Simon & Schuster has been sold for $1.62bn (£1.27bn) to a private equity firm – just months after a takeover bid by rival Penguin Random House was blocked.
New owner KKR said the company, one of the so-called “big five” English language book publishers worldwide, would continue to operate as a standalone entity and vowed that its independence would be protected.
The deal must be approved by regulators, but commentators believe it is unlikely there will be any objections.
Simon & Schuster’s writers include horror author Stephen King and journalist Bob Woodward. It is also preparing for the high-profile releases of Britney Spears’ memoir The Woman In Me and Walter Isaacson’s biography of Elon Musk later this year.
It comes after Penguin Random House, which is owned by German media giant Bertelsmann, announced in November 2020 that it planned to buy Simon & Schuster for £1.9bn.
However US federal judge Florence Pan blocked the deal in October 2022 on the grounds less competition for big-selling books would hurt the authors’ earnings. It came after the US Department of Justice filed a lawsuit in 2021 in an attempt to halt the takeover.
There had also been criticism over the deal from many in the publishing world – including from Simon & Schuster’s own author Mr King, who testified that consolidating the industry would be bad for competition.
Despite the courtroom loss, Simon & Schuster’s parent company, entertainment giant Paramount, continued to look for a buyer. It is expected to spend the proceeds of the sale on paying off debt.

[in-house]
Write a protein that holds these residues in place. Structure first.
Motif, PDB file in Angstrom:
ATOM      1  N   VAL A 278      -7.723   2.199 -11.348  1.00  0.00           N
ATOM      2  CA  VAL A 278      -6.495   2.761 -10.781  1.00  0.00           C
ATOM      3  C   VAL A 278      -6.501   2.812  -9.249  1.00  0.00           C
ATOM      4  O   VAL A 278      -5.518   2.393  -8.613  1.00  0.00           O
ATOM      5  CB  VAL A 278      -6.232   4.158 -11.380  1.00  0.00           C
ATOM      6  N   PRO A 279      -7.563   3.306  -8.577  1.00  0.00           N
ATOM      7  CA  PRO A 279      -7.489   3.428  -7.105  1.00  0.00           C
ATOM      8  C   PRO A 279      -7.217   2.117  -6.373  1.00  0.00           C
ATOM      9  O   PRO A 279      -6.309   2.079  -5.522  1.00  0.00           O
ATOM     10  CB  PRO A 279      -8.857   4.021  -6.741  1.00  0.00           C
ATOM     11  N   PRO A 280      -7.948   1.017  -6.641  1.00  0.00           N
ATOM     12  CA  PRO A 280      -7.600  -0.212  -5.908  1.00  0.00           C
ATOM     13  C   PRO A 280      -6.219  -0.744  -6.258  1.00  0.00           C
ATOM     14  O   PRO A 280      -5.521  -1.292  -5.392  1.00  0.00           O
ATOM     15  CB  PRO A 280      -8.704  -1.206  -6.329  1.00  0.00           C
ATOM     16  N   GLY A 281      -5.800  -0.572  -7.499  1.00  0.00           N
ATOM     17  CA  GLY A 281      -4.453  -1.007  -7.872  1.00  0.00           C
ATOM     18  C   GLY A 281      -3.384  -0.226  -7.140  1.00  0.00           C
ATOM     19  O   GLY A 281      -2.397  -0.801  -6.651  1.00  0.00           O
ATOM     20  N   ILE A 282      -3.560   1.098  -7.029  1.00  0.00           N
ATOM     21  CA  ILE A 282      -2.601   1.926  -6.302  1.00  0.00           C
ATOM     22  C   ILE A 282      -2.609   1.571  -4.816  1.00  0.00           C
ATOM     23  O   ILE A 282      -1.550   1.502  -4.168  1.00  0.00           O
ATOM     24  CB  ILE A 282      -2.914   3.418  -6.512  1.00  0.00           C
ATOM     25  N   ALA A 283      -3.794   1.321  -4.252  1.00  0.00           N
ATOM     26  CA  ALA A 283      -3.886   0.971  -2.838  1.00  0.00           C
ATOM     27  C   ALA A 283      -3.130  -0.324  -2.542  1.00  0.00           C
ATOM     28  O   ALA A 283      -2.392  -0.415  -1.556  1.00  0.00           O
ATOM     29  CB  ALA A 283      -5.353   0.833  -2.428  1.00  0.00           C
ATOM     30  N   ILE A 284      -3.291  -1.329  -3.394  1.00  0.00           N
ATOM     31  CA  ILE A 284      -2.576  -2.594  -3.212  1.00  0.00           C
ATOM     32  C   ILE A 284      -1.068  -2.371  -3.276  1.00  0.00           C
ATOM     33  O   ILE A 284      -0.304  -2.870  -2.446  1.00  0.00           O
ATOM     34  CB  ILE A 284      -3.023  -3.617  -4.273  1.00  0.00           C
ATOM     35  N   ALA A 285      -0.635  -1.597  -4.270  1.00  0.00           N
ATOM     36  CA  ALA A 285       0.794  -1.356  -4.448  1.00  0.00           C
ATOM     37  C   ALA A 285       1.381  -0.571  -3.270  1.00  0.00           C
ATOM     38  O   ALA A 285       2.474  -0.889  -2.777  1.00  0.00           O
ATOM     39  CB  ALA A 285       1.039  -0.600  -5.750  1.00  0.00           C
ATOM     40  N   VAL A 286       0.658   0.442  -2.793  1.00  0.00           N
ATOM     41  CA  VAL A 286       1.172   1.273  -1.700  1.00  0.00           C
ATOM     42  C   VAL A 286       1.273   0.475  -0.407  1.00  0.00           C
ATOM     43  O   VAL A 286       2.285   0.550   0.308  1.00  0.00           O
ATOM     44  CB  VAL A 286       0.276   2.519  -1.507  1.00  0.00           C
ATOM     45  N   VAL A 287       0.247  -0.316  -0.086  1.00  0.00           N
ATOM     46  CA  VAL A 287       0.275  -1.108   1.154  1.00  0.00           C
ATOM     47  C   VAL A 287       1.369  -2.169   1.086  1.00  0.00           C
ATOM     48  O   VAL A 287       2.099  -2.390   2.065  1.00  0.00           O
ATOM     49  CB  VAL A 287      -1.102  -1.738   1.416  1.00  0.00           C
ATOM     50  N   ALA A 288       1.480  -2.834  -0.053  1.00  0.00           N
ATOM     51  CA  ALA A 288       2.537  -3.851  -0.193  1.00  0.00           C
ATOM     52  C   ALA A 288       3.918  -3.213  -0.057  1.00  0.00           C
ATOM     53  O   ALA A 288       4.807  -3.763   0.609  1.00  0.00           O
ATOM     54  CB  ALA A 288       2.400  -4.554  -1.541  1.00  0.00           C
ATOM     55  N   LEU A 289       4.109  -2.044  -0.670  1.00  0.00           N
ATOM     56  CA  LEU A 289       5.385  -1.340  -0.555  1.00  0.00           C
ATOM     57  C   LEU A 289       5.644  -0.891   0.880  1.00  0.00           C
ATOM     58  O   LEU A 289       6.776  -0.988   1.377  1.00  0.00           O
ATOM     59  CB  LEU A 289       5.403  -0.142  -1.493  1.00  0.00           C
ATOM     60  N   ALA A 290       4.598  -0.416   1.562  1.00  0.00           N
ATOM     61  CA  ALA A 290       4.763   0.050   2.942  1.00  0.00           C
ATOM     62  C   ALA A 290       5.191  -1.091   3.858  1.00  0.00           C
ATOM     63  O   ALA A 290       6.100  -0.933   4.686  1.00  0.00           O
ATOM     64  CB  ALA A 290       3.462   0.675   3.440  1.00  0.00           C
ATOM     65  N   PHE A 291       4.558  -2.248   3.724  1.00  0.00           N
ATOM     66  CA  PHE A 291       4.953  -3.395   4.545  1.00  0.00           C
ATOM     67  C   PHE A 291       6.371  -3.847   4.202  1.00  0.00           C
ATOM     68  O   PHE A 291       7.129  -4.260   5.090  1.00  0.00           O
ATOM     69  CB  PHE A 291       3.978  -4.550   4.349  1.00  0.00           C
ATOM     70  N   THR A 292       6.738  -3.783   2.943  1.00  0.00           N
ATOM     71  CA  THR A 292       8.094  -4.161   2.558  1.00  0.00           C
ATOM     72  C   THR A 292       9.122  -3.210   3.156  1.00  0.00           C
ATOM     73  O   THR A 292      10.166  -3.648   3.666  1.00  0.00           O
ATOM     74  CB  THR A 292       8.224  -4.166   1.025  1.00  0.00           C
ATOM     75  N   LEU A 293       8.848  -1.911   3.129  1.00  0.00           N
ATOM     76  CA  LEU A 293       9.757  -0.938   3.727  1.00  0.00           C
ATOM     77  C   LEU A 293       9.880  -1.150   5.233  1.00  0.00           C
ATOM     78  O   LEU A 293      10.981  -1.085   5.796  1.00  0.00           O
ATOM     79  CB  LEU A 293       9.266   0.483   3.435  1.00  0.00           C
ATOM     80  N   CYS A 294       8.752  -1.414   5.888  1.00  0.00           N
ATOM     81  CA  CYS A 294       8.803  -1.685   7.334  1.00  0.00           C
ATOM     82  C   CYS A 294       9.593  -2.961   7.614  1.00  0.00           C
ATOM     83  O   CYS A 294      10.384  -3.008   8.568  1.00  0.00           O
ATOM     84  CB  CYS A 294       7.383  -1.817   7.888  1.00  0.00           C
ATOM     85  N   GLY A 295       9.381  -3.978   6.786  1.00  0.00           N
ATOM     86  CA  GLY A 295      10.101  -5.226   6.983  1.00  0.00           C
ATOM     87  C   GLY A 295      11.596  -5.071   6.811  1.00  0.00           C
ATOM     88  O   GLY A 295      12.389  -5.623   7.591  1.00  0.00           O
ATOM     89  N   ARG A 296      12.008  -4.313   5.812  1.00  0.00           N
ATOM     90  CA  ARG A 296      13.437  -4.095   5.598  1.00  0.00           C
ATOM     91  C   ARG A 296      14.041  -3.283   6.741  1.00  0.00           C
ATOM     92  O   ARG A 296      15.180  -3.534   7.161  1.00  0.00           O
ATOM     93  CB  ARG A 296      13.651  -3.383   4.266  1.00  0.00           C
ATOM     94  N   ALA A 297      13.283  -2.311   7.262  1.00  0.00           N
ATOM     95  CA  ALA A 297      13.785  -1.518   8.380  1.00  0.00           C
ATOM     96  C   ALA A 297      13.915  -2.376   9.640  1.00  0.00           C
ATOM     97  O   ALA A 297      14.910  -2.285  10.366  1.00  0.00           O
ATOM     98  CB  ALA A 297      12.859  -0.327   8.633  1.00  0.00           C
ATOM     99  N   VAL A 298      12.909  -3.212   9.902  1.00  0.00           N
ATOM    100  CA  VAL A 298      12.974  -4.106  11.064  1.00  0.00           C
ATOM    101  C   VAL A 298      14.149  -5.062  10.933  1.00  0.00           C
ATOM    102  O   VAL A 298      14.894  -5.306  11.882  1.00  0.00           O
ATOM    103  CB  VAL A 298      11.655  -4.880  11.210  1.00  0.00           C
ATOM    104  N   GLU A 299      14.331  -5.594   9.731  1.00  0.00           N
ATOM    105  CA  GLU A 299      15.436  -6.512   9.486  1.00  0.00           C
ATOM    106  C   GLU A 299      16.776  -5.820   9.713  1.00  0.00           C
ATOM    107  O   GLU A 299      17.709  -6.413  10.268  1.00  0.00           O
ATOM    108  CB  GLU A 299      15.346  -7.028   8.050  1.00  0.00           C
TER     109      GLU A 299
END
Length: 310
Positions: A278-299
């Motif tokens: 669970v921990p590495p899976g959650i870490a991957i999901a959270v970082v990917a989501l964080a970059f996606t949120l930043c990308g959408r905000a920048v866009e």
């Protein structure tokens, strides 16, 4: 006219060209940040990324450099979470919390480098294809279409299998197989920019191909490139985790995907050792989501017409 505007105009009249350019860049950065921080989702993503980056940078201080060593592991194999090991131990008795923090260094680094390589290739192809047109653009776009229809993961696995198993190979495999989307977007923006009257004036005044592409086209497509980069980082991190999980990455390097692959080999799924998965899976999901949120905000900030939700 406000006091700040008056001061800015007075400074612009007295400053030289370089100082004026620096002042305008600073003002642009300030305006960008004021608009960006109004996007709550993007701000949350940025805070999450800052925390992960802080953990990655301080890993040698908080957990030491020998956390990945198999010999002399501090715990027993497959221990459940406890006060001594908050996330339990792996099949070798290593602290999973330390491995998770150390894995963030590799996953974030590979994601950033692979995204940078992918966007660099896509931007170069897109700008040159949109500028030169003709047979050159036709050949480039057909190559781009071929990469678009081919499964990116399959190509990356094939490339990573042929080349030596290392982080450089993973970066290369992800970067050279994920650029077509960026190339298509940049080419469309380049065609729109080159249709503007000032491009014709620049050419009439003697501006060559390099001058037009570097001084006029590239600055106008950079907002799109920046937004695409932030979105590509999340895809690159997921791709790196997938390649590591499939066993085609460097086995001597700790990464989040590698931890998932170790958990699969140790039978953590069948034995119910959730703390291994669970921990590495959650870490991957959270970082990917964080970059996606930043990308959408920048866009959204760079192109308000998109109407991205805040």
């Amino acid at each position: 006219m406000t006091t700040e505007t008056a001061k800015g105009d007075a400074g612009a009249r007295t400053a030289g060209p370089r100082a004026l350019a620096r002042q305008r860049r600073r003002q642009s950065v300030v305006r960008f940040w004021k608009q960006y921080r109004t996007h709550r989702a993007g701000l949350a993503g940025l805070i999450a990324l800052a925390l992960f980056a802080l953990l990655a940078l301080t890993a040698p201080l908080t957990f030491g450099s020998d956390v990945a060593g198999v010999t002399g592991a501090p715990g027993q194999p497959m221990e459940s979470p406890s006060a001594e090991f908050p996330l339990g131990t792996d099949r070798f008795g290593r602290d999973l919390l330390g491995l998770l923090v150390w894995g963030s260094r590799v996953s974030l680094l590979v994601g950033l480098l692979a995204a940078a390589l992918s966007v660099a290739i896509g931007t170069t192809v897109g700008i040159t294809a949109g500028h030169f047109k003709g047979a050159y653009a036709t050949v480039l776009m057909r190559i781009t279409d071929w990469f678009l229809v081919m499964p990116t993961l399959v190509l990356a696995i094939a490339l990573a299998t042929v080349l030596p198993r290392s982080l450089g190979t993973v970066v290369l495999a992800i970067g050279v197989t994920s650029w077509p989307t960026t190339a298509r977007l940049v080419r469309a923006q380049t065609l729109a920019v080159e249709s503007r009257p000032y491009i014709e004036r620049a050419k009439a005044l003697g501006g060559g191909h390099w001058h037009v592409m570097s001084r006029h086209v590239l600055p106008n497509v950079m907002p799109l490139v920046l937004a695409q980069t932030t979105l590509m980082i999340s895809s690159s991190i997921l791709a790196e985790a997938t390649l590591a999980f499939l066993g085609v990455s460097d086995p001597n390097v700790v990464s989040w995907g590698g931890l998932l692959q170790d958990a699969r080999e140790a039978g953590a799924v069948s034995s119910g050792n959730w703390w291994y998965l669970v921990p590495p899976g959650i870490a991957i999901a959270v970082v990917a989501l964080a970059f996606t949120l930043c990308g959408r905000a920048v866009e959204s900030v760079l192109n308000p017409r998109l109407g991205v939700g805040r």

The company on Monday reported losses of $424m (£332m) for the three months leading up to June 30.
Simon & Schuster CEO Jonathan Karp, who will continue in his role under the new owners, said he was “delighted”.
“We will remain an independent company and not only will we continue to thrive, but with the help of KKR we can become even greater,” he added.
Richard Sarnoff, chair of media at KKR, said: “We’re not going to tell them what to buy, what to publish or what not to publish.
“There’s a 99-year legacy of editorial independence that we’re going to protect.”
Simon & Schuster, which will celebrate its centenary next year, has reported strong sales in the past two years.
KKR said there were no plans for any job losses – and instead hoped to expand the publisher’s reach internationally.
Mr Sarnoff added that KKR could run Simon & Schuster for around five to seven years before selling it on, but said no firm timeline had been decided yet.